The answer is "no" in both cases.

The terms of the lower central series of a group are verbal subgroups. If we let $\gamma_c(G)$ denote the $c$th term of the lower central series of $G$, then for any groups $G$ and $K$ and any group homomorphism $\varphi\colon G\to K$, we have $\varphi(\gamma_c(G))=\gamma_c(\varphi(G))\subseteq \gamma_c(K)$; and if $\varphi$ is onto, then $\varphi(\gamma_c(G))$ maps onto $\gamma_c(K)$, so that we have equality.

In particular, if $\pi\colon G\to G/N$ is a quotient map, then $\gamma_c(G/N)$ is trivial if and only if $\gamma_c(G)\subseteq N$. That is, the quotient $G/N$ is nilpotent of class at most $c-1$ if and only if the $c$th term of the lower central series of $G$ is contained in $N$.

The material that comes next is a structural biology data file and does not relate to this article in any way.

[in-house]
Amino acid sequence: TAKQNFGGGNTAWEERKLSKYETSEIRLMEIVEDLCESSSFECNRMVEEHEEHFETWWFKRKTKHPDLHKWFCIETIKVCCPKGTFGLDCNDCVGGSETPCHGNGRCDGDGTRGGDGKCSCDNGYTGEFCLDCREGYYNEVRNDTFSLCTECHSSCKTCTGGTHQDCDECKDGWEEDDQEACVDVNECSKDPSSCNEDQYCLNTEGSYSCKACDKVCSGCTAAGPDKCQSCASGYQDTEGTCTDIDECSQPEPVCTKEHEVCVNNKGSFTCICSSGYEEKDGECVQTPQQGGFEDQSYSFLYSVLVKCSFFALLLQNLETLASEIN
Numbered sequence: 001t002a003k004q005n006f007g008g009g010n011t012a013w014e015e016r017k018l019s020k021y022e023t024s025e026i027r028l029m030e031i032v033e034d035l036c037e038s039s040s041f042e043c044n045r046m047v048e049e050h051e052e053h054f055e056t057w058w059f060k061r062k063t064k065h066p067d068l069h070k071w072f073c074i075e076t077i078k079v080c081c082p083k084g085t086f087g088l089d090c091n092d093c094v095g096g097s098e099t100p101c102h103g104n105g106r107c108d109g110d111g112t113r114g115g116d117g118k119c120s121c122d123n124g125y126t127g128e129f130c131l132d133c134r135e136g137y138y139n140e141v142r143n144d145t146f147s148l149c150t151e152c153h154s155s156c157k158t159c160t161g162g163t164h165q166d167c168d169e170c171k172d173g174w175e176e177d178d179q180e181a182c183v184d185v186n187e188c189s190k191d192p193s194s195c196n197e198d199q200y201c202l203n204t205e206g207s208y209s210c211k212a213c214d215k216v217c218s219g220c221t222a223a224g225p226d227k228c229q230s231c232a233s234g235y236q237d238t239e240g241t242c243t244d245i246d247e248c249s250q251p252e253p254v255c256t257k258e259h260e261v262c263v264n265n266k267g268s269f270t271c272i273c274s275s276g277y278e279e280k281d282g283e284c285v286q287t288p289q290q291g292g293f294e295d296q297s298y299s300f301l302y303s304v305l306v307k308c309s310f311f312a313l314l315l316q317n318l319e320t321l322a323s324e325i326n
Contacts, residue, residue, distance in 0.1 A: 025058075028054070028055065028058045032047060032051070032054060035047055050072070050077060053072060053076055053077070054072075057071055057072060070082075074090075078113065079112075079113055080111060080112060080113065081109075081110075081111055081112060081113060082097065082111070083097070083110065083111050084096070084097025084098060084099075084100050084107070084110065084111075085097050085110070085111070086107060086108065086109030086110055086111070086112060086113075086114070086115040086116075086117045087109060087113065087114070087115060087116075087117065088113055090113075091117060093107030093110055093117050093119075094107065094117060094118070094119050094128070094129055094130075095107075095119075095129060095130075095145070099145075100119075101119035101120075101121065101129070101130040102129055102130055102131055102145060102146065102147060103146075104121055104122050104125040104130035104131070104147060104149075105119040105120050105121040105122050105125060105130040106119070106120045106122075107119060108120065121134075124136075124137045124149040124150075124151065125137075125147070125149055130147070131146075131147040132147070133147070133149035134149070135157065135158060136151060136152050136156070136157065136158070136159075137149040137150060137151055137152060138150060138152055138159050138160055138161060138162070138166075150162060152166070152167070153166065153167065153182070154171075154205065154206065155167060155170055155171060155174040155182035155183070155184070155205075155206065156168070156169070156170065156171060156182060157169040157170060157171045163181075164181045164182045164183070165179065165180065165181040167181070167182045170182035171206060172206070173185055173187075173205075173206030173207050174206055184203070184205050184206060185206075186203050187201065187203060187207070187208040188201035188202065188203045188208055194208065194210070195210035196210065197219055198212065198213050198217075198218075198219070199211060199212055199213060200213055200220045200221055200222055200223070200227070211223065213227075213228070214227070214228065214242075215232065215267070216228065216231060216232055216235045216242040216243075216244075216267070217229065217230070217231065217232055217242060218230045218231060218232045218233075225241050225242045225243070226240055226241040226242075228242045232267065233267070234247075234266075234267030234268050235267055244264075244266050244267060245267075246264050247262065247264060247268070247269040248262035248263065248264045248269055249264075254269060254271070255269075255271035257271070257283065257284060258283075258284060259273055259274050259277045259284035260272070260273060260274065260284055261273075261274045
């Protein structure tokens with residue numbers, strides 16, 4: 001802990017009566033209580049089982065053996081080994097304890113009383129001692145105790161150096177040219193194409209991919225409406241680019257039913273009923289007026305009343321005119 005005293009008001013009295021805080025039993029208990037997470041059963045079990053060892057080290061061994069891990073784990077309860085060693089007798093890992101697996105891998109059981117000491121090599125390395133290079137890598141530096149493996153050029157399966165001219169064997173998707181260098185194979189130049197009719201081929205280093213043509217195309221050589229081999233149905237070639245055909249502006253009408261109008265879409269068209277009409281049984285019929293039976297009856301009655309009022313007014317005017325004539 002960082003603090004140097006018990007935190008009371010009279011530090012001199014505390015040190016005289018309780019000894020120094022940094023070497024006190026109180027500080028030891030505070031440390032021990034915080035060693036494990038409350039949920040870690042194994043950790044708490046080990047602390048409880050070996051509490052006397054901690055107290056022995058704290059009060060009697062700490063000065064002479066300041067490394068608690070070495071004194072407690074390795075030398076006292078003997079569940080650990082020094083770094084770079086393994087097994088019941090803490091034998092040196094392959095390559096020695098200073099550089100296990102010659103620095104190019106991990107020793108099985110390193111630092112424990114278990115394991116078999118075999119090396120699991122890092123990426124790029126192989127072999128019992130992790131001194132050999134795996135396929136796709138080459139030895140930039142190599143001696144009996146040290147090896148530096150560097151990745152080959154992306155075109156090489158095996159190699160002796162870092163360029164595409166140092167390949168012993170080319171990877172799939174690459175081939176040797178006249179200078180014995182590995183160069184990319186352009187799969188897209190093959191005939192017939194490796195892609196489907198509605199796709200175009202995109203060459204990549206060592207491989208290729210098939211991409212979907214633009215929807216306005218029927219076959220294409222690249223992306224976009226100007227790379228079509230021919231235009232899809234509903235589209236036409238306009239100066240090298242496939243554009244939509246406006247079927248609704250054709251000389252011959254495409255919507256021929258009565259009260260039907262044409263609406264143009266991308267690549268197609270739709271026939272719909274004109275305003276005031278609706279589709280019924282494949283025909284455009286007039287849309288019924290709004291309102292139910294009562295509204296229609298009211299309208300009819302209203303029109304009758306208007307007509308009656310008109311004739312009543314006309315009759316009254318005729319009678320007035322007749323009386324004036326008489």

So let $F$ be a free group, and let $N$ be a normal subgroup of $F$. Then $N$ contains $\gamma_c(F)$ if and only if $F/N$ is nilpotent of class at most $c-1$.

So, for example, if $F$ is the free group on two generators, then there is a normal subgroup of $F$ such that $F/N\cong S_3$; since $S_3$ is not nilpotent, $N$ does not contain any term of the lower central series of $F$, even though $N$ is of finite index.